I grew up in a non denominational fundamentalist Christian home and church, and I believed the Bible with all my heart. At the age of 13, I was baptized, and invested even more into the dogma and lifestyle. I was a good Christian daughter so I didn’t secretly explore ANYTHING about sex as a child or teen. I do believe I may have received a couple of vague Health/Sex-Ed classes in junior high and high school, but they were far too late to counteract my indoctrination.
At the age of 18, I walked away from the faith for a variety of reasons, and into a secular world in which I had no idea how to function.
This meant that while I had the indoctrination of a fundamentalist Christian, now I was a non-Christian, and in my mind, this meant I threw out all the moral standards I was given. According to what I learned, non-Christians didn’t have any morals. Talk about tossing out the baby with the bath water! Basically, I was re-set to what I was taught humans were before they accepted Christ into their heart. Try wrapping your head around that mental puzzle.
A Sordid History
I kissed a boy once when I was 15. We were dating. Well, he kissed me, briefly. And then he stuck his tongue in my mouth.
I freaked out. It scared me. I mean, I knew men and women kissed. But I’m fairly certain I hadn’t even seen a french kiss on TV at that point. I was extremely sheltered. And I’m definitely certain I wouldn’t have understood it if I did see it.
I didn’t kiss a boy again till the day I had sex–I was 19. I was a newly minted heathen, and I wanted to see what all the fuss was about. Well okay, maybe one time when I was very drunk–one of the very first times I was drunk–at the age of 18, but I don’t remember it. I was told about it later.
I thought that kissing equaled sex, you see. That’s what I had been taught in church. All sexual and sensual activity meant that sex would happen. And sex before marriage was a sin.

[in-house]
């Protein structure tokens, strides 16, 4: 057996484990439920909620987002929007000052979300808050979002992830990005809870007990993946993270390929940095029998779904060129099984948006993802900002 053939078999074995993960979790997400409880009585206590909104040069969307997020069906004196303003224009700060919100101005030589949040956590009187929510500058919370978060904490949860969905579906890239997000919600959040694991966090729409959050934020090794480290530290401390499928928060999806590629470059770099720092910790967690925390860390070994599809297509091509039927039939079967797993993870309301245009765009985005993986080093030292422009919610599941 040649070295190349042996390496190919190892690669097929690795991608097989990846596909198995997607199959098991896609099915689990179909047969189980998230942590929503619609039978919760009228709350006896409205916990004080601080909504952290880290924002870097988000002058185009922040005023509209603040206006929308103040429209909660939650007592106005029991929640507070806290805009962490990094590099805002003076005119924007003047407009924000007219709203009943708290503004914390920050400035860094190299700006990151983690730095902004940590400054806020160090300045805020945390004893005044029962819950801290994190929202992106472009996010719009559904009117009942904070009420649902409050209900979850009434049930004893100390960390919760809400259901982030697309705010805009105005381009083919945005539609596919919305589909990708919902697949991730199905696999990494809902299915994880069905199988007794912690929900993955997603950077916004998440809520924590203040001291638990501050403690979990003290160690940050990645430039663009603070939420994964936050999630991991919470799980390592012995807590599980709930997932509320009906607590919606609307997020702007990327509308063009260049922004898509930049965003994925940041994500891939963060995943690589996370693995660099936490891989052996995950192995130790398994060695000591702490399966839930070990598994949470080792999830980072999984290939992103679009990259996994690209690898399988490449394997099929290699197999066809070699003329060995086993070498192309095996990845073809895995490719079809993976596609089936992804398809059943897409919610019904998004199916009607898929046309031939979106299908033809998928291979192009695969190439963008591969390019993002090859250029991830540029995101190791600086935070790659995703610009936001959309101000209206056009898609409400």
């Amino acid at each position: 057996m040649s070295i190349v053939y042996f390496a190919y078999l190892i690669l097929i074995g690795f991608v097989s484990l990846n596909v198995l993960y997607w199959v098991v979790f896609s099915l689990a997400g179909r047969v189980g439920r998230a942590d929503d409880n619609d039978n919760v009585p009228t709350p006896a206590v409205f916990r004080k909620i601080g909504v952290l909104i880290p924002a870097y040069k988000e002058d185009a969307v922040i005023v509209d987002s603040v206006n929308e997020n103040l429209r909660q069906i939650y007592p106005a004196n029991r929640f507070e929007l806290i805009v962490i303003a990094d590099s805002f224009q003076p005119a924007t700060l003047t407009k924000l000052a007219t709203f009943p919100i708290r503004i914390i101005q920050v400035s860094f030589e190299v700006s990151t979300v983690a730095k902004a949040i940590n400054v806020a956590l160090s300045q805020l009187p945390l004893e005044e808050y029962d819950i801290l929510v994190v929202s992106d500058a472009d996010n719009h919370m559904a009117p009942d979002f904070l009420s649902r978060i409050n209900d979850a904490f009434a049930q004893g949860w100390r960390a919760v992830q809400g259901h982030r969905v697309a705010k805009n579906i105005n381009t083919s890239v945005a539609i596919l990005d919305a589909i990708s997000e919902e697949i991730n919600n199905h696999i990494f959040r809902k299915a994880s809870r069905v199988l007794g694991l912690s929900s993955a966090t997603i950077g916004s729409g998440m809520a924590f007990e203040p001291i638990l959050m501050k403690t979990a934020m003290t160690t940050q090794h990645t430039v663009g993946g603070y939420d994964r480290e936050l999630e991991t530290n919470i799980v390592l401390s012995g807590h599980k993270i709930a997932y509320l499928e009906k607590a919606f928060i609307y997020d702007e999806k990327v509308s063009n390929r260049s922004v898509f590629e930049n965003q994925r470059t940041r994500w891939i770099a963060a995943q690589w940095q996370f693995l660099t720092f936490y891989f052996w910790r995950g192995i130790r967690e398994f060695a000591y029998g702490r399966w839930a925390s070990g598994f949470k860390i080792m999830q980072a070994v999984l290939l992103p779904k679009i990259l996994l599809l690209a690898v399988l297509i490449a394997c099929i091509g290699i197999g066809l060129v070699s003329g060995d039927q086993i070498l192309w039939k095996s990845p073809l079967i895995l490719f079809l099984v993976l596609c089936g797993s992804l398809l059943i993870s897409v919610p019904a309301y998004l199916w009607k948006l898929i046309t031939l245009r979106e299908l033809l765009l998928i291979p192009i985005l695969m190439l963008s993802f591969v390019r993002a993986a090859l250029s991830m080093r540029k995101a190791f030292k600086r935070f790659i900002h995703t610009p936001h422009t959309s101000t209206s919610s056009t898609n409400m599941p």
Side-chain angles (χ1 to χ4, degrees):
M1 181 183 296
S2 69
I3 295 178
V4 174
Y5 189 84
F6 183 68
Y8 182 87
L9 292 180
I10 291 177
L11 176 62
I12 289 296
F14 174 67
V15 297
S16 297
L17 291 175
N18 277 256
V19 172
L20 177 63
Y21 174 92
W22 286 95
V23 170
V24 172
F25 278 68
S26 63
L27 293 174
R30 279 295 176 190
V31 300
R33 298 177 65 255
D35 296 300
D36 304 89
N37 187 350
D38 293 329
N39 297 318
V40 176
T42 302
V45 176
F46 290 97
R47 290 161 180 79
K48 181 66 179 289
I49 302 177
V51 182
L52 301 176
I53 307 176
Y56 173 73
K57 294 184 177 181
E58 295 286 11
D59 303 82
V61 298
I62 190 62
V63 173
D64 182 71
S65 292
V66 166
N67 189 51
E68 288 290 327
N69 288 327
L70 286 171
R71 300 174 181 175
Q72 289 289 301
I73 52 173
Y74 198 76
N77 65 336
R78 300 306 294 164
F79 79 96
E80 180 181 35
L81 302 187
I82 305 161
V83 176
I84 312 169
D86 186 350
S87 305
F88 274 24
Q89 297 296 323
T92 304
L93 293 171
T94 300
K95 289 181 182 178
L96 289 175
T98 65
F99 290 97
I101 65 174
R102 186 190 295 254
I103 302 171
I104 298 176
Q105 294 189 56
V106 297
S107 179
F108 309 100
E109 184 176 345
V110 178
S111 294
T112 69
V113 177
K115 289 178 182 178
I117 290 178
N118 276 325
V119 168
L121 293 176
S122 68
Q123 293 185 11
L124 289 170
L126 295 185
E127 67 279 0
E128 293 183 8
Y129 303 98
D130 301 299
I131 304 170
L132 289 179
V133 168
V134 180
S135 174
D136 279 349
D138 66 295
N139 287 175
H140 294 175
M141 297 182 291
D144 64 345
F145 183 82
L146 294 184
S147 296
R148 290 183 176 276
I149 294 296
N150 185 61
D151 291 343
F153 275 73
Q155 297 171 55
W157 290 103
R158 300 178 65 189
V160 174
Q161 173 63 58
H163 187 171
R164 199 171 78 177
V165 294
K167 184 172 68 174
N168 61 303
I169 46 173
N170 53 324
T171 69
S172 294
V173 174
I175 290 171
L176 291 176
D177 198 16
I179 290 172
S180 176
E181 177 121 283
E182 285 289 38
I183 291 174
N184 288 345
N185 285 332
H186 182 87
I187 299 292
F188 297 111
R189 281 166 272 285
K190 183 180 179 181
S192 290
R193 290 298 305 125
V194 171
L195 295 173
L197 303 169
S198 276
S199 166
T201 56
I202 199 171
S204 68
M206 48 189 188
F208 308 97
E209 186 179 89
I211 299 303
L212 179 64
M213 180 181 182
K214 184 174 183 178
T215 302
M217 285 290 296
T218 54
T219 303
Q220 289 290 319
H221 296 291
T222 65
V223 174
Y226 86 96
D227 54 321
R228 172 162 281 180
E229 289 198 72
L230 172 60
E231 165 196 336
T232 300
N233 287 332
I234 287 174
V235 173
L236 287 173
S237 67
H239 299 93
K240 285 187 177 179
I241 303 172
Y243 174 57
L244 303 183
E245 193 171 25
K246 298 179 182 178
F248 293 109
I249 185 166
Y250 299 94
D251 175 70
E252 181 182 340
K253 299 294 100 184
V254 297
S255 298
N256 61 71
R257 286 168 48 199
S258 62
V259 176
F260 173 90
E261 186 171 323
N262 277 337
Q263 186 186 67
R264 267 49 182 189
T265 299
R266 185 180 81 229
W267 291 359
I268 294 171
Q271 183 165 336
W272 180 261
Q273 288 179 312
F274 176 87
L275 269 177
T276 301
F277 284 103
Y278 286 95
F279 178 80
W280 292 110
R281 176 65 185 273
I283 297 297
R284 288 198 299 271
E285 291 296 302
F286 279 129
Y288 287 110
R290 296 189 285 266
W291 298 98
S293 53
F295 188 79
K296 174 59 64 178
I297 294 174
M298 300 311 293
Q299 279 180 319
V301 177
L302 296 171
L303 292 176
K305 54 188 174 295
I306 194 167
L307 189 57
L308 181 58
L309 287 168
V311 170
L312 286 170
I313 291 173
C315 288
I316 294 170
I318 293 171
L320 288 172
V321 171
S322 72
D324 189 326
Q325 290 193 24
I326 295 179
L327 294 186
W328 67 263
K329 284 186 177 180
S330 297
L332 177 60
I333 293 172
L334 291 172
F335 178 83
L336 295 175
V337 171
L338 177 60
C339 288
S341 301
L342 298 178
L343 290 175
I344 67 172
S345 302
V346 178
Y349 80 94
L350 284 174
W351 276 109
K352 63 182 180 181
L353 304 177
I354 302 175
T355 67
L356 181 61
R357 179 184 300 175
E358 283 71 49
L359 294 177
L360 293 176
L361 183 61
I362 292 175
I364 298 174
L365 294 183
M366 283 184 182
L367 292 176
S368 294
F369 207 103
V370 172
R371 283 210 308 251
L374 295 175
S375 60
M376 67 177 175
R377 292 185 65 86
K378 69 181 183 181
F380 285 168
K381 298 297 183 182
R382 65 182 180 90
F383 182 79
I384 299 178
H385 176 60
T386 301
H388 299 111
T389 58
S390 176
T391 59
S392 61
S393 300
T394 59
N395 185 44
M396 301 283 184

I didn’t know that a person could just make out, without sex happening. I didn’t know that limits could be drawn at kissing or french kissing or heavy petting or oral sex… or well..anything that would lead to pleasure for me any time, let alone my first time. I was never taught any boundaries because no one taught me anything of substance about sex during my formative years.
Needless to say, my first time sucked. But then, I picked that guy and time because I essentially wanted to get the whole thing out of the way. After all, girls didn’t really enjoy it anyways, right? I had sex with this particular guy three nights in a row, and they were all terrible–straight to what I like to call PIV (penis in vagina) sex.
Thus began a series of heartbreaking sexual events that lasted at least a year or two.
My Litany of Encounters
For the most part, the following list is made up of terrible situations I got myself in to because I was a naive girl who had just left the Christian faith. I was alone, depressed, and essentially functioning with no moral compass, since as I said, I believed that non-Christians had no morals.
There was the guy at a party whose penis was too large, and it hurt but he wouldn’t stop. At the same party there was a guy who I 69-ed with. I didn’t really want to—I had been napping, but he joined me in the bedroom, and I was too drunk to resist.
I had many situations where I would be drunk (when I was 20 I frequented a local bar to play pool) make out, and end up having a one night stand. The alcohol would lower my inhibitions, I was able to feel horny, and then I would end up going home with someone. Usually, though, by the time we actually reached the “having sex” stage I was sober enough that my guilt was shutting down my libido, so that I didn’t want to have sex…but I would anyways, because that was how it worked, right??